In this post, we feature a comprehensive Tutorial on How to install Apache web server. This article is part of our Academy Course titled Apache HTTP Server Tutorial.
In this course, we provide a compilation of Apache HTTP Server tutorials that will help you get started with this web server. We cover a wide range of topics, from installing the server and performing a basic configuration, to configuring Virtual Hosts and SSL support. With our straightforward tutorials, you will be able to get your own projects up and running in minimum time. Check it out here!
In this example we will show how to install the Apache web server in CentOS 7.2 and Ubuntu 14.04.3 using the command line. According to recent reports, Apache continues to keep the lead in the number of websites and Internet-facing machines when compared to other web servers, such as Microsoft’s IIS or Nginx.
Such has been the case for a long time, and that is why the skill of knowing how to install, configure, and leverage Apache is on the rise everywhere.
In other words, by acquiring Apache skills you will learn how to use the number one server on the Internet.
1. Installing Apache and utilities
Perhaps the first thing that we need to note is that the package that includes Apache has different names in CentOS (httpd) and Ubuntu (apache2). The good news is that in both cases, the package is included in the repositories that are configured when the operating system is installed. For that reason, you do not need to make any modifications to the repositories in order to install Apache.
In addition, we will install an extra package named apache2-utils and httpd-tools in Ubuntu and CentOS, respectively. This package includes tools that will be useful to benchmark Apache, manage basic and digest authentication to web pages, and resolve IP addresses to host names in the logs, among other things.
However, before you proceed please keep in mind that installing packages require administrative privileges, so you will need to run the following commands either as root (in CentOS) or using sudo (in Ubuntu). With that in mind, let us proceed with the installation.
In CentOS, type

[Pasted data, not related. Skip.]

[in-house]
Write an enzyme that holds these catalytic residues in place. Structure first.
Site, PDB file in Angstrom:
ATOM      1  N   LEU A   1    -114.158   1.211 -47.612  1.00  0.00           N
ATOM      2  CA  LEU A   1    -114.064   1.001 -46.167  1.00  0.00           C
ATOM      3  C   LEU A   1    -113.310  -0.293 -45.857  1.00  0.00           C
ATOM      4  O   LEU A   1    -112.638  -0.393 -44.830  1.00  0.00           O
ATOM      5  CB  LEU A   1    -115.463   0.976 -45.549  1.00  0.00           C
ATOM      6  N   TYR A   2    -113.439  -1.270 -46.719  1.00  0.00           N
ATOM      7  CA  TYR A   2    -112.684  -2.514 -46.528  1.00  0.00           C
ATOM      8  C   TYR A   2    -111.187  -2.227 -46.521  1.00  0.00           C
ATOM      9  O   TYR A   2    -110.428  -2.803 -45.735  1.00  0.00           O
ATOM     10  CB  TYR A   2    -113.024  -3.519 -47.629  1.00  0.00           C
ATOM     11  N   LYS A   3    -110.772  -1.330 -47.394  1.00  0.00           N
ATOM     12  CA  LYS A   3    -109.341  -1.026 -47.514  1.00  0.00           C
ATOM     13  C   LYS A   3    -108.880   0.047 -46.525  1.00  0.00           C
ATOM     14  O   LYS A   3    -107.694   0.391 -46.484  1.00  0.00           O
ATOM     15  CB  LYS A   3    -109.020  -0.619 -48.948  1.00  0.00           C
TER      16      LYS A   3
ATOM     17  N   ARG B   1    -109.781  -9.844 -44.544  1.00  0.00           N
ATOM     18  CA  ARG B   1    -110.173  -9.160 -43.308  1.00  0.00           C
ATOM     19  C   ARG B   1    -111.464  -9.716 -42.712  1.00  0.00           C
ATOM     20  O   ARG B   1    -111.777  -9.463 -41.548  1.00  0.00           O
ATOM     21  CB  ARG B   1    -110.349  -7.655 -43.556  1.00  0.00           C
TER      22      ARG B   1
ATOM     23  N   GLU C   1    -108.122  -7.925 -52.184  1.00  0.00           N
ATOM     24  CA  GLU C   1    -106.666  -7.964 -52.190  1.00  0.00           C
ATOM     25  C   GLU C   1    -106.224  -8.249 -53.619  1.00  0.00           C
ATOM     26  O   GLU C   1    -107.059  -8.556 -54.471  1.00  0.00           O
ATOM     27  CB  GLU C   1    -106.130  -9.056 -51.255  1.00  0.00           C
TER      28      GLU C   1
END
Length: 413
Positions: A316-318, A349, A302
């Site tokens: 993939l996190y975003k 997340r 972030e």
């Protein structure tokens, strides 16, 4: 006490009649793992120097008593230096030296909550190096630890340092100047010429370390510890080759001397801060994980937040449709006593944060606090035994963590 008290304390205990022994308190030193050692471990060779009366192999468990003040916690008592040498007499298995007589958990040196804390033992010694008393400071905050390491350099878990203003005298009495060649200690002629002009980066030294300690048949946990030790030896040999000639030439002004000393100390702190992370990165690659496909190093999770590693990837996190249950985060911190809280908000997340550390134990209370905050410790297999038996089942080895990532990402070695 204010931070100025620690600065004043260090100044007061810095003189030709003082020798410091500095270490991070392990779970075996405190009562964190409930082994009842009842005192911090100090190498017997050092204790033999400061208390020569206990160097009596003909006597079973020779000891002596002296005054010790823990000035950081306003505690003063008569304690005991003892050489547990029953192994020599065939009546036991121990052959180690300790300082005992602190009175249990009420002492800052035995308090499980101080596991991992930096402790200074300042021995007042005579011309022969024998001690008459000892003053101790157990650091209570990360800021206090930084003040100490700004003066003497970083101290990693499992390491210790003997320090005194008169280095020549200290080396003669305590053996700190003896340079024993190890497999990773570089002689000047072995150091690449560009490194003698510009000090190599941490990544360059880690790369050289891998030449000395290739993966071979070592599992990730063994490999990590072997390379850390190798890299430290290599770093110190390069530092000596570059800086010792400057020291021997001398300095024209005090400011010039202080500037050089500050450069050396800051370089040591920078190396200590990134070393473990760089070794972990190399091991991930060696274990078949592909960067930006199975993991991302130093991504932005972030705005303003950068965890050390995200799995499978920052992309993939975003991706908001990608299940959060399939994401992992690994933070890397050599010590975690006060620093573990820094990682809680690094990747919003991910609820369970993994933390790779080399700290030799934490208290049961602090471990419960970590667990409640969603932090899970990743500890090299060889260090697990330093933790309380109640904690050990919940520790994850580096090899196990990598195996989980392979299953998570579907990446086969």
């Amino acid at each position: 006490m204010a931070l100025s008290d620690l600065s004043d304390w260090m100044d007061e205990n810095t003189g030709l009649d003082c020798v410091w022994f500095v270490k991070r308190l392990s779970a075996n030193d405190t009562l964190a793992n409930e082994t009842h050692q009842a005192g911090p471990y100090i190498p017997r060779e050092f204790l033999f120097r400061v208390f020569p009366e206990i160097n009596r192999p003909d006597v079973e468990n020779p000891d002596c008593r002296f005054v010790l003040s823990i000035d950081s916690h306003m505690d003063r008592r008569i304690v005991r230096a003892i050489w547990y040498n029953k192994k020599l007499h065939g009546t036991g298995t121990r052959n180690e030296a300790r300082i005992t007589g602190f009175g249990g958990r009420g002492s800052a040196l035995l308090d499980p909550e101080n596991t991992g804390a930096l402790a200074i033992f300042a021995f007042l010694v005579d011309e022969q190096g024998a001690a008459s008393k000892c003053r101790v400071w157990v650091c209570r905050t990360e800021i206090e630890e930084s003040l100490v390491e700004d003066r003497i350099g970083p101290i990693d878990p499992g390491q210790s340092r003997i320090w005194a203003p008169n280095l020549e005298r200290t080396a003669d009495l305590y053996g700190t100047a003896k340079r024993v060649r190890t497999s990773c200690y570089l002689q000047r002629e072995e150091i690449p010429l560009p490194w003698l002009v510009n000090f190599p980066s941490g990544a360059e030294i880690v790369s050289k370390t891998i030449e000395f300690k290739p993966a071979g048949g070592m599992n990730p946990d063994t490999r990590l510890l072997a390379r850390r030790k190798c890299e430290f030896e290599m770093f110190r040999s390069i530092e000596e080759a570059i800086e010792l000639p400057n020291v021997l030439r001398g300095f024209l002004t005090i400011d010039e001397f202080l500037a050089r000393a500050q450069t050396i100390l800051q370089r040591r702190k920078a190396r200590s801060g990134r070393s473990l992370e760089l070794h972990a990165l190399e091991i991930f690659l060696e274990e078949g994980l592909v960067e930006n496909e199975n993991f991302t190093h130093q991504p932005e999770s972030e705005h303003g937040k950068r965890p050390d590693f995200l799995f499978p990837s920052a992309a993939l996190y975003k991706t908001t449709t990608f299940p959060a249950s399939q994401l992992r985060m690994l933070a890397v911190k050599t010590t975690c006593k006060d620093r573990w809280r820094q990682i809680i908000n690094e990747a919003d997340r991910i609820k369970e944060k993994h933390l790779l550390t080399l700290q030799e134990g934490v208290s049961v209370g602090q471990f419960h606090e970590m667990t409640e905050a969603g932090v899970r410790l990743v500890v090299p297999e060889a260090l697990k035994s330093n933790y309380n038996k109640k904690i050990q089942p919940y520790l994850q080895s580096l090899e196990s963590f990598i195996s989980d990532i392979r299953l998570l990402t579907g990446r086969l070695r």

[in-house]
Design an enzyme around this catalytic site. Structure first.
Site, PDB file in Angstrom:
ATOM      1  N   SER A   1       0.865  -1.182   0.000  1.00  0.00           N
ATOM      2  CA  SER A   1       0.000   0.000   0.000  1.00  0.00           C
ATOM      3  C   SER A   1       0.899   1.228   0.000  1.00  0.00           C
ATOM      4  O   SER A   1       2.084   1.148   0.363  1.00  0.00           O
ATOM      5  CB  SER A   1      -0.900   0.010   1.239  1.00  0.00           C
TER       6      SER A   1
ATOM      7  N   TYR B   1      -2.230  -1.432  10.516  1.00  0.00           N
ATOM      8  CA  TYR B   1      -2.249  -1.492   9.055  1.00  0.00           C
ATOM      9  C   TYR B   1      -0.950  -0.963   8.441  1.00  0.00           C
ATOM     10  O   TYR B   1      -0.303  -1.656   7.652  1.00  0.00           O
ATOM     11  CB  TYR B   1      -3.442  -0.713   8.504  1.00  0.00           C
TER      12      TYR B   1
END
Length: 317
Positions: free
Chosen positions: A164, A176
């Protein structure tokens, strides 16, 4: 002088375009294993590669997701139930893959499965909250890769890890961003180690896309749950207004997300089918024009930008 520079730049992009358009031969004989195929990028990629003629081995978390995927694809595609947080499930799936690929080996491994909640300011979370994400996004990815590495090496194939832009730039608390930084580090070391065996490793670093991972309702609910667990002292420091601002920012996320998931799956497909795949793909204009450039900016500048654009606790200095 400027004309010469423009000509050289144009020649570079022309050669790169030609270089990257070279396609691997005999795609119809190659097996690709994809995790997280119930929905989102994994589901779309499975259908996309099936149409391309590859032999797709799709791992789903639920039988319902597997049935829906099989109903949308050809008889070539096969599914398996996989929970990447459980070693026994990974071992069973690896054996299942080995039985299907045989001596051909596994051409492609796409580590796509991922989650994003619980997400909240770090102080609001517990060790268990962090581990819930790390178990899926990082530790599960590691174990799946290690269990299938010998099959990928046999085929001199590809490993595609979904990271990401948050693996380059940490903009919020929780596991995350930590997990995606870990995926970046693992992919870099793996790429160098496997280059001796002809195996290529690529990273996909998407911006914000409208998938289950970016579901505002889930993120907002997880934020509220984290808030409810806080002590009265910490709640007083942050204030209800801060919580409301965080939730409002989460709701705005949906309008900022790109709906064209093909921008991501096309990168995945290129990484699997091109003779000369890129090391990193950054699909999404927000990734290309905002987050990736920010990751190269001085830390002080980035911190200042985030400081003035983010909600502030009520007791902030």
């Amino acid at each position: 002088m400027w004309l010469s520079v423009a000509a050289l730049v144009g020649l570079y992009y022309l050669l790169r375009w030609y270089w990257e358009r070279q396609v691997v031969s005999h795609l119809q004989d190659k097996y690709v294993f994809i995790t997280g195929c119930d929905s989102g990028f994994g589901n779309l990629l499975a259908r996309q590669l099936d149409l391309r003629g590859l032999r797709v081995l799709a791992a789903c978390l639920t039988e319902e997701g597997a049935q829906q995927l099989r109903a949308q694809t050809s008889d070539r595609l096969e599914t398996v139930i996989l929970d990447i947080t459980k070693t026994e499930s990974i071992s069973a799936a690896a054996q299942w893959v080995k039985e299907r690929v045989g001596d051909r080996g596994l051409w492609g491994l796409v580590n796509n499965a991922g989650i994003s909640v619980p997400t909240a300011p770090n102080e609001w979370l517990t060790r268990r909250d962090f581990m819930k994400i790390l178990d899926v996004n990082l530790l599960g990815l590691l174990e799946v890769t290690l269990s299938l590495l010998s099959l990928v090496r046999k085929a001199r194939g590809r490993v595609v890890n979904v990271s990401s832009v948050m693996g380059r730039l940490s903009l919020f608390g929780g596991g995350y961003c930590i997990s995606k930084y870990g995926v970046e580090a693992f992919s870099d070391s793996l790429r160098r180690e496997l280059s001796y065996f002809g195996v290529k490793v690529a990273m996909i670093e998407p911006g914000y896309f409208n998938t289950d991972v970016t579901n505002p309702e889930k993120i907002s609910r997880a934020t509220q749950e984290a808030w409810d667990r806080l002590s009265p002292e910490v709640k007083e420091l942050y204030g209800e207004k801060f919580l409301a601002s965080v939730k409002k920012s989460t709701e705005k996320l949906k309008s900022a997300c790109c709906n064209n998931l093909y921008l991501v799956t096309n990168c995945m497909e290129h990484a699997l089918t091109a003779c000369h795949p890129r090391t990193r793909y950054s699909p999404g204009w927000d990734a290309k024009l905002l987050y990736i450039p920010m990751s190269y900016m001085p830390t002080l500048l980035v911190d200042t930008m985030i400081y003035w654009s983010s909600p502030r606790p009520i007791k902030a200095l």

and press Enter.
In Ubuntu, do
The package management system (yum or apt-get) will take care of installing all necessary dependencies required by the web server.
2. Checking running status of Apache
Once the installation completes, we need to check whether the web server has been automatically started. Typically, that is the case in Ubuntu but not in CentOS.
To check the running status of Apache in Ubuntu, type
In Fig. 1 you can see the expected output when the web server is running. Otherwise, if it is stopped (as we forced it to using
which is also shown in the image) you will need to run
to restart it. By now, you can safely ignore the AH00558 error message as it refers to an aspect of the web server configuration that we will cover in the next tutorial of the Apache series.
In CentOS, you will use systemctl (the system and service manager tool) to verify the status of Apache:
Fig. 2 shows the expected output when the web server is running and when it is not.
Last but not least, we need to ensure that the web server is started automatically the next time the system boots. In Ubuntu, the installation process by default will configure it to start after a reboot whereas in CentOS, you will need to start it by hand:
and enable it for future reboots:
This ensures that Apache will be started by systemd each time the machine boots.
In Ubuntu, you can also get more information about Apache (web traffic statistics, server load and uptime, percentage of CPU usage, number of requests currently being processed, to name a few examples) using
In CentOS this command is aliased to
so you will not get more details than those shown in Fig. 2).
3. Serving your first website with Apache
After you have successfully installed Apache and got it running, it is time to look into serving web pages. Although we will discuss this further in later articles, you need to know that Apache not only is used as a standalone server (that is, to store a single website or application), but also to run several sites (also known as virtual hosts) at the same time.
For the time being, it is sufficient to indicate the place where the web server stores pages and see how it returns them upon a request performed by a client – all in the context of a standalone server. To see Apache in action for the first time, launch a web browser and point it to the IP address of the machine where Apache is running, as shown in Fig. 3 (192.168.0.29 is a CentOS and 192.168.0.30 is Ubuntu).
If you cannot see the test page after starting Apache in CentOS and your web browser says it can’t establish a connection to the web server, please check the following:
You can check #2 as follows:
and hit Enter. Then try to access the web server by IP as explained earlier.
To replace this default test page by one of ours, create a simple html file and save it as index.html in /var/www/html. You can use the following example if you want:
The result can be seen in Fig. 4:
Next, feel free to create other subdirectories under /var/www/html and more html pages, and hyperlinks between them.
Congratulations! You have already taken your first step towards mastering Apache.
4. Wrapping up
In this tutorial we have explained how to install Apache, the most used server used by websites and Internet-facing computers, in CentOS 7 and Ubuntu 14.04. In addition, we showed you how to replace the default test page with a custom one.
In the next articles of this series, we will discuss in greater depth the capabilities of Apache. Stay tuned.
This content was originally published here.